Amazon is threatening to move more of its drone research outside the United States if regulators don’t give it permission to do more testing stateside, according to a letter the company sent to the Federal Aviation Administration on Sunday.
The retailer already tests drones in the United Kingdom as well as in “other countries with regulatory environments more supportive of small (unmanned aircraft systems) innovation,” according to Amazon’s letter reviewed by TIME.
Amazon asked the FAA in July if it could test drones outdoors near Seattle, but U.S. regulators haven’t yet given it the thumbs-up. Amazon wants to use drones to deliver packages in 30 minutes or less as part of an experimental “Prime Air” program, first unveiled in December of 2013.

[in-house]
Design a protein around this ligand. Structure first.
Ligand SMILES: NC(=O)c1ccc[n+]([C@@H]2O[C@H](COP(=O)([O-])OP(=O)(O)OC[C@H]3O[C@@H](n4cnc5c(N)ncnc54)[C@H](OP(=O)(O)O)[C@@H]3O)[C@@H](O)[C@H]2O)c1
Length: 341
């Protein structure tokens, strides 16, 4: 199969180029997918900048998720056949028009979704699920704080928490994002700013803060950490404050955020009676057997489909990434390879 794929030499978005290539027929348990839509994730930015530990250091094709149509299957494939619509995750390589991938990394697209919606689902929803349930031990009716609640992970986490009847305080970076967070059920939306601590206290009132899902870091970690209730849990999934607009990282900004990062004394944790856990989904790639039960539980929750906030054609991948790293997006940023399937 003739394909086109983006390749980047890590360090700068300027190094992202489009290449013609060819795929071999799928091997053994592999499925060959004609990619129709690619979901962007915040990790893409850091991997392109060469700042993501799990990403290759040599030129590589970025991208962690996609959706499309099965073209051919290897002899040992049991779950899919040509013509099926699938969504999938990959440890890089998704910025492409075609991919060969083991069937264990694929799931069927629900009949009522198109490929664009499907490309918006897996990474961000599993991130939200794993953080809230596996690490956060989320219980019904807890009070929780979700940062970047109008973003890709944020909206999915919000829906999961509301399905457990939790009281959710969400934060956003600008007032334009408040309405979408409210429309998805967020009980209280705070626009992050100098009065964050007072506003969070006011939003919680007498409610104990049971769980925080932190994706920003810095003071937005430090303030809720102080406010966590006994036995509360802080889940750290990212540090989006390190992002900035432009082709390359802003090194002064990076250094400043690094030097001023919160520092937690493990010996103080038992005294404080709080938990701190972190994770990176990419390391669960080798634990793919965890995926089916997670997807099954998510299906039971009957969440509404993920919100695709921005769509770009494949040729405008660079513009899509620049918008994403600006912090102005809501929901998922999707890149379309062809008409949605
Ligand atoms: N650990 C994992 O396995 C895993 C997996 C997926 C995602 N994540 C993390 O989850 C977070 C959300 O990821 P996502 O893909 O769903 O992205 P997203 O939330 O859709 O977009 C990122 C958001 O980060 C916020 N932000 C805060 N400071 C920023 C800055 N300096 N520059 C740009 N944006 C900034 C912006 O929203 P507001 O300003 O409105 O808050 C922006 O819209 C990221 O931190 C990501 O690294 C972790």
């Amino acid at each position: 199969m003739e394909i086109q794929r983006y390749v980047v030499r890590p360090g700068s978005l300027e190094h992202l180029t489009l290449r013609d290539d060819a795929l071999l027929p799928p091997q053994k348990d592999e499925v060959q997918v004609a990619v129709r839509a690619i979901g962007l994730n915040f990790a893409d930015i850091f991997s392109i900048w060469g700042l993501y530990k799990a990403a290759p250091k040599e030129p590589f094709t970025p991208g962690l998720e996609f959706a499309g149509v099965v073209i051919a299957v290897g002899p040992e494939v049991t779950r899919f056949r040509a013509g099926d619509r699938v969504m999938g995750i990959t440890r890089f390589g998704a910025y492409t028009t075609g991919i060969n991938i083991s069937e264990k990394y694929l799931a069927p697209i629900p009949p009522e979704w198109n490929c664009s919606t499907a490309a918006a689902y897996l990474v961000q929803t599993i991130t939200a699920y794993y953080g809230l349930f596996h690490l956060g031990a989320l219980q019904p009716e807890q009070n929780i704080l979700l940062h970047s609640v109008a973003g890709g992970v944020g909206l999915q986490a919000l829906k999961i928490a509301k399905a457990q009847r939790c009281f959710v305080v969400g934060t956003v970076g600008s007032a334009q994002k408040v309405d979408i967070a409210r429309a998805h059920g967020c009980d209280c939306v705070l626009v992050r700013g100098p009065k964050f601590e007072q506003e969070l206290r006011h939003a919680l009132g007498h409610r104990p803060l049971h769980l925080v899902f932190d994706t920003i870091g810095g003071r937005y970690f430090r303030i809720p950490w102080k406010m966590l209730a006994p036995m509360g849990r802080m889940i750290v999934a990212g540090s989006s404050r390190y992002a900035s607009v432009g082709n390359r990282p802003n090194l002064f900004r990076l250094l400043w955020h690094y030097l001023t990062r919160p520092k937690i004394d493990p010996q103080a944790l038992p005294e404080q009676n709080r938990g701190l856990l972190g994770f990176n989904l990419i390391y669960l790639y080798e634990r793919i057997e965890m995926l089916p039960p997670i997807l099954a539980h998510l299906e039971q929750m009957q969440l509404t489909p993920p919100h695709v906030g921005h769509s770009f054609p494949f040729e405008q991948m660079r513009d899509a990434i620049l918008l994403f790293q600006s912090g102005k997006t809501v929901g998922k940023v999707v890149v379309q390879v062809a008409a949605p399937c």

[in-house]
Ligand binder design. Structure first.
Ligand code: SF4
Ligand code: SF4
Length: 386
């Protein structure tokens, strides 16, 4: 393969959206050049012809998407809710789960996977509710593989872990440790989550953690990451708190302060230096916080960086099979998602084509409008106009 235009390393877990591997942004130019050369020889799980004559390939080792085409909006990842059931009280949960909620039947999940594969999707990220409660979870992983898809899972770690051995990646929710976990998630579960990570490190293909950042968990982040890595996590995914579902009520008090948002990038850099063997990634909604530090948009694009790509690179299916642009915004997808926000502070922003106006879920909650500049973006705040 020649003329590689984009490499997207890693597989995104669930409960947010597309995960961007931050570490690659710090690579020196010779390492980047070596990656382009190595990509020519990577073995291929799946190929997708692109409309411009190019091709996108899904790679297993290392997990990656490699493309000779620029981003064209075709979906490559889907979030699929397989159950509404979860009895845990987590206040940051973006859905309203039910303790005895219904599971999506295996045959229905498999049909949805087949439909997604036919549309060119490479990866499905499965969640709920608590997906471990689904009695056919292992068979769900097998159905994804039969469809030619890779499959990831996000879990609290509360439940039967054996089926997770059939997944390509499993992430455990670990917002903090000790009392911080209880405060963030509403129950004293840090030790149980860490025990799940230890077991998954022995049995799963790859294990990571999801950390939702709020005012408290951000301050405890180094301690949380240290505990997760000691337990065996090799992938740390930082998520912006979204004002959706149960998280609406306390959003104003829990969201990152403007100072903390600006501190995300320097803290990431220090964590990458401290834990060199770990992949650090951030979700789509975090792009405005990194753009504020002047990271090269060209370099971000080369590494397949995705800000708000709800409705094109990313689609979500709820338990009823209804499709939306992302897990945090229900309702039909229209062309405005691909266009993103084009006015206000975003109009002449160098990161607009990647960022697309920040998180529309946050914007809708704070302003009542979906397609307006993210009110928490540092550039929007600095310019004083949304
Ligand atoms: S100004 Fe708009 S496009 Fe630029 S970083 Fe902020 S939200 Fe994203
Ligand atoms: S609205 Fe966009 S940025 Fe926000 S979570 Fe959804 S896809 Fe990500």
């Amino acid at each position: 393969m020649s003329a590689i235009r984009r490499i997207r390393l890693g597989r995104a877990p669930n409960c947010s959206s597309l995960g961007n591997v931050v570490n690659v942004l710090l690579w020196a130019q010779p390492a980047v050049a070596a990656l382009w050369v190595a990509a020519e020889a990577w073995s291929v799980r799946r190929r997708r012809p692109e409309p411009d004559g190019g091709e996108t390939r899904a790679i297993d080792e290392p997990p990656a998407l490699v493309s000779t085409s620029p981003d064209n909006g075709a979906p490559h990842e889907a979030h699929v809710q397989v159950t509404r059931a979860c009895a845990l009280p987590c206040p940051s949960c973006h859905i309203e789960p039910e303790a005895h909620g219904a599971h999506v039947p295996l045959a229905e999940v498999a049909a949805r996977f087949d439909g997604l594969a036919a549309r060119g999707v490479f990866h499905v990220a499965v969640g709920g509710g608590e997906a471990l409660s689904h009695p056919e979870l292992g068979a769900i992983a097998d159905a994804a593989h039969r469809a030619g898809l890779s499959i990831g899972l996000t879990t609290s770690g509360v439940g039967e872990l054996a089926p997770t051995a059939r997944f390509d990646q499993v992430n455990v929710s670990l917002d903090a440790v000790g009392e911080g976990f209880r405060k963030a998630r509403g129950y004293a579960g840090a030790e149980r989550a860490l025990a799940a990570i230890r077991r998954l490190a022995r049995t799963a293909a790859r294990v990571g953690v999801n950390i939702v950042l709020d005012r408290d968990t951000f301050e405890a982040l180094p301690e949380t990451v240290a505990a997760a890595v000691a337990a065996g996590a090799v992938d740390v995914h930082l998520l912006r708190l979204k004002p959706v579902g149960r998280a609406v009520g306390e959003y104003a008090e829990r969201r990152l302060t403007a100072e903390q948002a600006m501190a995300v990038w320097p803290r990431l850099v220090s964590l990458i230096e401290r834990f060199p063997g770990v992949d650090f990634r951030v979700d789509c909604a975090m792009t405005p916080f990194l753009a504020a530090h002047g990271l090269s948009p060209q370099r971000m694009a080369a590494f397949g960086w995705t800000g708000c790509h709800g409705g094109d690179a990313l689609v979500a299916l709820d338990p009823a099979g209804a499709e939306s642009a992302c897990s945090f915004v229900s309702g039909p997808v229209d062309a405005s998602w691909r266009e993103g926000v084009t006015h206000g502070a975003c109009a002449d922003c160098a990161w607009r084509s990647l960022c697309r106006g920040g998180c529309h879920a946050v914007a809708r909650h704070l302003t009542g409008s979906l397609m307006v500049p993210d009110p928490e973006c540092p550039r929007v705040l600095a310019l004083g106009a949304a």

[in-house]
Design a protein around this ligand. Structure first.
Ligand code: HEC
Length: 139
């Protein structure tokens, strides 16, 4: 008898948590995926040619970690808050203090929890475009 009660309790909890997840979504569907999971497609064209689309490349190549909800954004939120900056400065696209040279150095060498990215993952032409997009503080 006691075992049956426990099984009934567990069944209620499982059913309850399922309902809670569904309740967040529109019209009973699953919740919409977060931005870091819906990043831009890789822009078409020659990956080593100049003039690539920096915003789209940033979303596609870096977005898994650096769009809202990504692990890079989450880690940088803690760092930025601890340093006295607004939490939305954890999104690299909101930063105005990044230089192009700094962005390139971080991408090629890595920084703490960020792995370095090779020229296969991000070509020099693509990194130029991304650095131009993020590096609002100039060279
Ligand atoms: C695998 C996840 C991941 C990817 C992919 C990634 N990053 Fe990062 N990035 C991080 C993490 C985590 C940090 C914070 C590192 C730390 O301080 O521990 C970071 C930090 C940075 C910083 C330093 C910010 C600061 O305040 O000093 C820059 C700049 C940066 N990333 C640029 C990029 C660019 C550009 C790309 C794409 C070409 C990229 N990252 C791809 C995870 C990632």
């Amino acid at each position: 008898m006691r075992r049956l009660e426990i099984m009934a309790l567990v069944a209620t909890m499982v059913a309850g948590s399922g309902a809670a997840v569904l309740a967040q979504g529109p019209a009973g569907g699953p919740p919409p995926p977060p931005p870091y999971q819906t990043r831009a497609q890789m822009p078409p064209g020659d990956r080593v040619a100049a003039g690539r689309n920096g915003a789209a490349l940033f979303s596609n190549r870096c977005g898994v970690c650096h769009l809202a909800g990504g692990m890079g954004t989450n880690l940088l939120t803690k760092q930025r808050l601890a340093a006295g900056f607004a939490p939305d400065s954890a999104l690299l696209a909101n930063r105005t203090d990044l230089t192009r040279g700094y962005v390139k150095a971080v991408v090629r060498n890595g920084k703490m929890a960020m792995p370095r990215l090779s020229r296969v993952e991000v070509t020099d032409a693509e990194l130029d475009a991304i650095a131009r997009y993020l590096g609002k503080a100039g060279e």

“In the absence of timely approval by the FAA to conduct outdoor testing, we have begun utilizing outdoor testing facilities outside the United States,” said Amazon Vice President of Global Public Policy Paul Misener in the letter. “Without approval of our testing in the United States, we will be forced to continue expanding our Prime Air R&D footprint abroad.”
The FAA said that it has designated an inspector to work with Amazon on its requests to conduct drone research in the U.S., and is waiting for more information from the company to complete its research application.
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